Funny thing about auditors: They're not machines. They're people--people who are capable of pet peeves and whose emotions can color the way they approach their work. So wouldn't it make sense for an organization to do everything in its power to keep auditors happy since they hold your organization's compliance success in their hands?
We're not talking bribes or home-baked cookies. We mean engaging in common professional courtesy and a state of readiness that will smooth the way for an easier encounter. The following are three ways that organizations fail to do this on a regular basis.
1. Putting On Airs
Nothing steams an auditor like an IT staffer who tries to use jargon as a weapon, said Glenn Phillips, president of Forte, an audit firm that does IT security and HIPAA assessments.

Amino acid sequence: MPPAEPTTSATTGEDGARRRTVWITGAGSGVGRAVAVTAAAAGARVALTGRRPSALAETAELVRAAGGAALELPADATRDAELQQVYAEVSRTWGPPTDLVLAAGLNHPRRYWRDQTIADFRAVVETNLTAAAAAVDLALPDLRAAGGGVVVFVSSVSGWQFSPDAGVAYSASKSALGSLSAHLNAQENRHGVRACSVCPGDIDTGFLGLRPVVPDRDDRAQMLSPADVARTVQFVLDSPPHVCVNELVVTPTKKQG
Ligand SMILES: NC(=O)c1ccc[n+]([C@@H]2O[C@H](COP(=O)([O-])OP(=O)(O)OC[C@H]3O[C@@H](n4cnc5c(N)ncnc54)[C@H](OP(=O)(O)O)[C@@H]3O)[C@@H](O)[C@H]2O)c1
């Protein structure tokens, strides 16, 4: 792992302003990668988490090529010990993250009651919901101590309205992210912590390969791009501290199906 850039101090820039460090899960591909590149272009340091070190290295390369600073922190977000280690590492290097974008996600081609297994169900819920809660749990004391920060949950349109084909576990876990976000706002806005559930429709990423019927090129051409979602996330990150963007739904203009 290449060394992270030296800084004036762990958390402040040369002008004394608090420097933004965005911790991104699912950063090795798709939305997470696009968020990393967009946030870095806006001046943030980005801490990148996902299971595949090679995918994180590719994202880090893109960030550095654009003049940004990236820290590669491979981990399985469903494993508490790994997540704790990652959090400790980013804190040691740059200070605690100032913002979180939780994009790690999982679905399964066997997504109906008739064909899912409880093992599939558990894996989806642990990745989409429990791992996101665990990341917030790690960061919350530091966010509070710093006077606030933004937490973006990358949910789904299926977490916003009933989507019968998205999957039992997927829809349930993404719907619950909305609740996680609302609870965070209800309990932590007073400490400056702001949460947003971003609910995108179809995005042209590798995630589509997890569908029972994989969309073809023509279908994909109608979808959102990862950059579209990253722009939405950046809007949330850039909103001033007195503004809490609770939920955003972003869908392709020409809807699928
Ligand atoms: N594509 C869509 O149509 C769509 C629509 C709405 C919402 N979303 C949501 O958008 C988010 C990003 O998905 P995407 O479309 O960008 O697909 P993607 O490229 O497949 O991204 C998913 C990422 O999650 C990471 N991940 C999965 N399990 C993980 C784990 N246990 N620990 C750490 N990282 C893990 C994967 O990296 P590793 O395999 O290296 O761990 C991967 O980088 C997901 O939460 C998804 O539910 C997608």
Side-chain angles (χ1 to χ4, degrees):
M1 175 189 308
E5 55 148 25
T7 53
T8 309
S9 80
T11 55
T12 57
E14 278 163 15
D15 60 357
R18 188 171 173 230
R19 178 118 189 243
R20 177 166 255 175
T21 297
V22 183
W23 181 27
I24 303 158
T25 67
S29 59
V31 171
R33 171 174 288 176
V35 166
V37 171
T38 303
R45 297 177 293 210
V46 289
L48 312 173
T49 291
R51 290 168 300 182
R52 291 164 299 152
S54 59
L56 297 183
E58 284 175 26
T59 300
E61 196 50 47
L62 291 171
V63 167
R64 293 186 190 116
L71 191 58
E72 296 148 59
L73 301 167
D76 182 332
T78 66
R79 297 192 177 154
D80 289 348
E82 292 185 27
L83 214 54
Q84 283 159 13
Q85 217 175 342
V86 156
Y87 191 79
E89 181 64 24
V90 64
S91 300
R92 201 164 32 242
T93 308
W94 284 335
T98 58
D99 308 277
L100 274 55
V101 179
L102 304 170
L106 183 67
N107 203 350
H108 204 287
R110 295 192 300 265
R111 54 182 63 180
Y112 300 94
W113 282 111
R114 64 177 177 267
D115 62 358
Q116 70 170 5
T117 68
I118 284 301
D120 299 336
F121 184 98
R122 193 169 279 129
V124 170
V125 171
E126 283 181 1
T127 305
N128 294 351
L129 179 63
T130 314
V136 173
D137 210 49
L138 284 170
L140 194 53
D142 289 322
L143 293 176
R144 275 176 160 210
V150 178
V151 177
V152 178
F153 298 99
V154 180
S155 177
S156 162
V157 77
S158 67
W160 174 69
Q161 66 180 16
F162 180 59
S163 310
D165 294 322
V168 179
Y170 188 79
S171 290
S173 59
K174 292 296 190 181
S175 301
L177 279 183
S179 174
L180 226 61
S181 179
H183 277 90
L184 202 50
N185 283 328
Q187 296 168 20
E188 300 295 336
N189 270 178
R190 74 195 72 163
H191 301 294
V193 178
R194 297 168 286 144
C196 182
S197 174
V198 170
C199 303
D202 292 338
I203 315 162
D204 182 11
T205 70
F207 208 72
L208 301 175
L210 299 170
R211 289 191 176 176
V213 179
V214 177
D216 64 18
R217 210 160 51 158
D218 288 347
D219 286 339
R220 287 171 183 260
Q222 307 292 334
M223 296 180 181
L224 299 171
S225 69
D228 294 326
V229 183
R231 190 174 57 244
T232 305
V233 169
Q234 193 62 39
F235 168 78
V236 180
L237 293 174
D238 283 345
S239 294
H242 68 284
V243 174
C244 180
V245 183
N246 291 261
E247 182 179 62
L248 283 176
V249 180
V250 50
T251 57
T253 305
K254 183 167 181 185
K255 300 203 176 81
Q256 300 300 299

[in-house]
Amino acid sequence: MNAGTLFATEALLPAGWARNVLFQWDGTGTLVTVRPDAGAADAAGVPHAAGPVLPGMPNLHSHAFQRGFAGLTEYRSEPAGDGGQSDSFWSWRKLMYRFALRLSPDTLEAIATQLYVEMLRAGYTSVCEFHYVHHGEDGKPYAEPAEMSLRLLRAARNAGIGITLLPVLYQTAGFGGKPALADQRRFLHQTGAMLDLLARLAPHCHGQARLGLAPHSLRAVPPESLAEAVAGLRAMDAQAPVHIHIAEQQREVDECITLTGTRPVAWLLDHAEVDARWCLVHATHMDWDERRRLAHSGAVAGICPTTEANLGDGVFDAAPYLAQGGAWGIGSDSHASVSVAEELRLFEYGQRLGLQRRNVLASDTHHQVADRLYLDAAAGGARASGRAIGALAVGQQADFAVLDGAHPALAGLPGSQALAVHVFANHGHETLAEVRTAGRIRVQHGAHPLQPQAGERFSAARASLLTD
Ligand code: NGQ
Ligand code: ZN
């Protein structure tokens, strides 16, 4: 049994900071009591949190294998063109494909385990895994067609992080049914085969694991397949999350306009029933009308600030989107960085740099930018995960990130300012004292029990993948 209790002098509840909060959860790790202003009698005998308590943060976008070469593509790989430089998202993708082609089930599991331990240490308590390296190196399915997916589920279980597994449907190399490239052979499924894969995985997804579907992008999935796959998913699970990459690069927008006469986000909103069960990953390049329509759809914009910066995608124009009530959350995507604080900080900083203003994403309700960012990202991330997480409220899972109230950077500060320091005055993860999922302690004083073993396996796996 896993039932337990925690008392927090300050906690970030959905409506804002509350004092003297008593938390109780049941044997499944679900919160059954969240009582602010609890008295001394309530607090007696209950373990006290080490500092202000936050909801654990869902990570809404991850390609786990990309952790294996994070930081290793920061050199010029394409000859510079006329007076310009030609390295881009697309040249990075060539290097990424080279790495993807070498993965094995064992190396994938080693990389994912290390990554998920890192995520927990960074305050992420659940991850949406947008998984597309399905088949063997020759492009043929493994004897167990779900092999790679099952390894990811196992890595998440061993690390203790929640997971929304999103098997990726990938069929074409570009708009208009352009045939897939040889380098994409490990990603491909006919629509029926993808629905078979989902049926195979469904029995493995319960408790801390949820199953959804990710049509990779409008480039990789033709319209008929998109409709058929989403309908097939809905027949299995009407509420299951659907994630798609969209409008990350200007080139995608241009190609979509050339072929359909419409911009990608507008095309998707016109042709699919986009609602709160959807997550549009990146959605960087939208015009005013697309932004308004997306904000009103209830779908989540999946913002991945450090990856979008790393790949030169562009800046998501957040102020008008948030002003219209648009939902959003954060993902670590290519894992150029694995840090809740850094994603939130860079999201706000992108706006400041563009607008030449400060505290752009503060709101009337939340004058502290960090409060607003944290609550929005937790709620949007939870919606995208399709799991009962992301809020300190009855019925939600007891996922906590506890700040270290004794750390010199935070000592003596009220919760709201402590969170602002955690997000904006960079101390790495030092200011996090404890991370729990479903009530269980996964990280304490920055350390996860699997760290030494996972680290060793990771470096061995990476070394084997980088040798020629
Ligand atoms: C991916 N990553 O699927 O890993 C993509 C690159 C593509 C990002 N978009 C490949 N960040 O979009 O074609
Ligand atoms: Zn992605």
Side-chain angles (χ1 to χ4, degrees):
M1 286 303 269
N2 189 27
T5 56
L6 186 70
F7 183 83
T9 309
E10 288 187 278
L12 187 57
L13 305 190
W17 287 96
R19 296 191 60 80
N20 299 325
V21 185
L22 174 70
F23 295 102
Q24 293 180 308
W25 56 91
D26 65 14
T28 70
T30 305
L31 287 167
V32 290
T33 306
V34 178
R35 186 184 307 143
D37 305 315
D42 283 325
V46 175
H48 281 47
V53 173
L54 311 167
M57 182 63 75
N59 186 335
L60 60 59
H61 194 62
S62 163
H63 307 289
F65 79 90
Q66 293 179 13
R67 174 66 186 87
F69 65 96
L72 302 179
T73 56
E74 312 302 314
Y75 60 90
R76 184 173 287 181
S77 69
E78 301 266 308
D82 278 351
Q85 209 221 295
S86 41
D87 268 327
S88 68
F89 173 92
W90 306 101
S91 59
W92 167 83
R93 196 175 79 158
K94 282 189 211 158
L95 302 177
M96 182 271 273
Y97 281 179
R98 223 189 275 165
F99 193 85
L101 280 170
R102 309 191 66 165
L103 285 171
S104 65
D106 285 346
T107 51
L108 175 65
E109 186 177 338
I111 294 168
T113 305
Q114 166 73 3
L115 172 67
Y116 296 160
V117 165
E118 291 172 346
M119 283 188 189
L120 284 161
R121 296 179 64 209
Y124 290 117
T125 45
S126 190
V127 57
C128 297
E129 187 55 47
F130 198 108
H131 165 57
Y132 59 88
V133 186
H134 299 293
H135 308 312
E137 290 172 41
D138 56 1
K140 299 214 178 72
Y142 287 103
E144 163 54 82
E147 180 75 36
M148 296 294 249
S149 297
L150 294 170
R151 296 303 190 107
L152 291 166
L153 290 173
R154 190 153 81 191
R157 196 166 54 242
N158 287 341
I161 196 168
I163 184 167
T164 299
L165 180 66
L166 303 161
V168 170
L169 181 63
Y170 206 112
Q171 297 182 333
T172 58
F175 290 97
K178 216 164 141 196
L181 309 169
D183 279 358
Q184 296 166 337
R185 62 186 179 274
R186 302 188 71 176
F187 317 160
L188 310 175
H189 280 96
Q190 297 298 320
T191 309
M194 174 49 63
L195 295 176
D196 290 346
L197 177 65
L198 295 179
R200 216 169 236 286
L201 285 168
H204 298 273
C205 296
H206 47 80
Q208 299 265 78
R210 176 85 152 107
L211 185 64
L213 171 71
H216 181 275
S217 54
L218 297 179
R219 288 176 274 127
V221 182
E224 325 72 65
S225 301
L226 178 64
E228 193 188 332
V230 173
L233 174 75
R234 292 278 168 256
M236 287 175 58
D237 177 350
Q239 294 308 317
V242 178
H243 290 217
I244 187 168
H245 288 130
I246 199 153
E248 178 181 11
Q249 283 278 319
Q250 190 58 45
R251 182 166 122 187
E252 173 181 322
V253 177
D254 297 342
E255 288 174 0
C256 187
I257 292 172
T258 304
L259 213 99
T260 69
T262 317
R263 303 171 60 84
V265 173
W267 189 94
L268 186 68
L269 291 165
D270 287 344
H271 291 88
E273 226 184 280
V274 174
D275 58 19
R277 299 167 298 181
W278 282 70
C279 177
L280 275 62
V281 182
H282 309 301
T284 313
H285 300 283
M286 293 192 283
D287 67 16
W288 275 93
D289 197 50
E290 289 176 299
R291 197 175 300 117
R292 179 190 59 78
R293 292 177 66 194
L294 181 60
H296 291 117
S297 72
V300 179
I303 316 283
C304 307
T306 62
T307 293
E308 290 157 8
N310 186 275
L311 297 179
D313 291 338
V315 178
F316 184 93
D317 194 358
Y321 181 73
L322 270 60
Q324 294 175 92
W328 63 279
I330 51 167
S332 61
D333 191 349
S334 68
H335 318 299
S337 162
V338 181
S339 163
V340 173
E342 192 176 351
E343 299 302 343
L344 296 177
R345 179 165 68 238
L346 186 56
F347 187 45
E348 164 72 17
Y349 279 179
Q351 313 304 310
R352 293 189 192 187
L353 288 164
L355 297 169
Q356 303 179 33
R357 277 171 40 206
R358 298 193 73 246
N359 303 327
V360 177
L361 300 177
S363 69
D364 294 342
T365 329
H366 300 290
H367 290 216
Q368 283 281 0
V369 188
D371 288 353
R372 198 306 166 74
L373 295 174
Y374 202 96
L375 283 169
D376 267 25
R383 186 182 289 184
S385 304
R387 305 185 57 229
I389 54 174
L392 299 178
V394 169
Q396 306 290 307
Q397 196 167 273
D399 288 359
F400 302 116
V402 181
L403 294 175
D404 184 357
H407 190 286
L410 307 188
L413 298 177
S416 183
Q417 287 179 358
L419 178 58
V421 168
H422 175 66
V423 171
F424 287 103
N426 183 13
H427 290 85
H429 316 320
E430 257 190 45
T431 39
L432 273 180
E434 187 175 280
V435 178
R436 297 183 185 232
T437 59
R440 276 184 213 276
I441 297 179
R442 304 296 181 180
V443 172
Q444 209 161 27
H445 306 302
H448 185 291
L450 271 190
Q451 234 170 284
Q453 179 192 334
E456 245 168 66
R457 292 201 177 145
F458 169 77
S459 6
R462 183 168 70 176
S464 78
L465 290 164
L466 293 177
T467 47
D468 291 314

"Many IT staff have learned that if they use big words or complicated technical language, management may leave them alone. It is also a means to show off how smart they are, and they may even learn to B.S. their way through things this way. After all, who will call them out?" Phillips said. "A good audit team won't fall for it and will know the language. But then management may be confused as to who to believe."
Not only does the baloney terminology and technical vagueness show the auditor there could be something the team is hiding, but it is also just plain insulting. Assuming the auditors don't have the technical mojo to keep up is a surefire way to hack them off.
"My biggest pet peeve as an IT auditor is when network administrators, developers, or any other positions that are more technical in nature attempt to undermine my technical knowledge. Because the developer assumes that I am technically inept, they think that they can give me a low-level answer [to] confuse me to believing that they know what they are talking about," said Andrew Weidenhamer, audit and compliance practice lead at SecureState. "Unfortunately for the developer, I used to be a penetration tester and used these types of vulnerabilities to break into organizations, which, in the end, simply makes the developer look silly."
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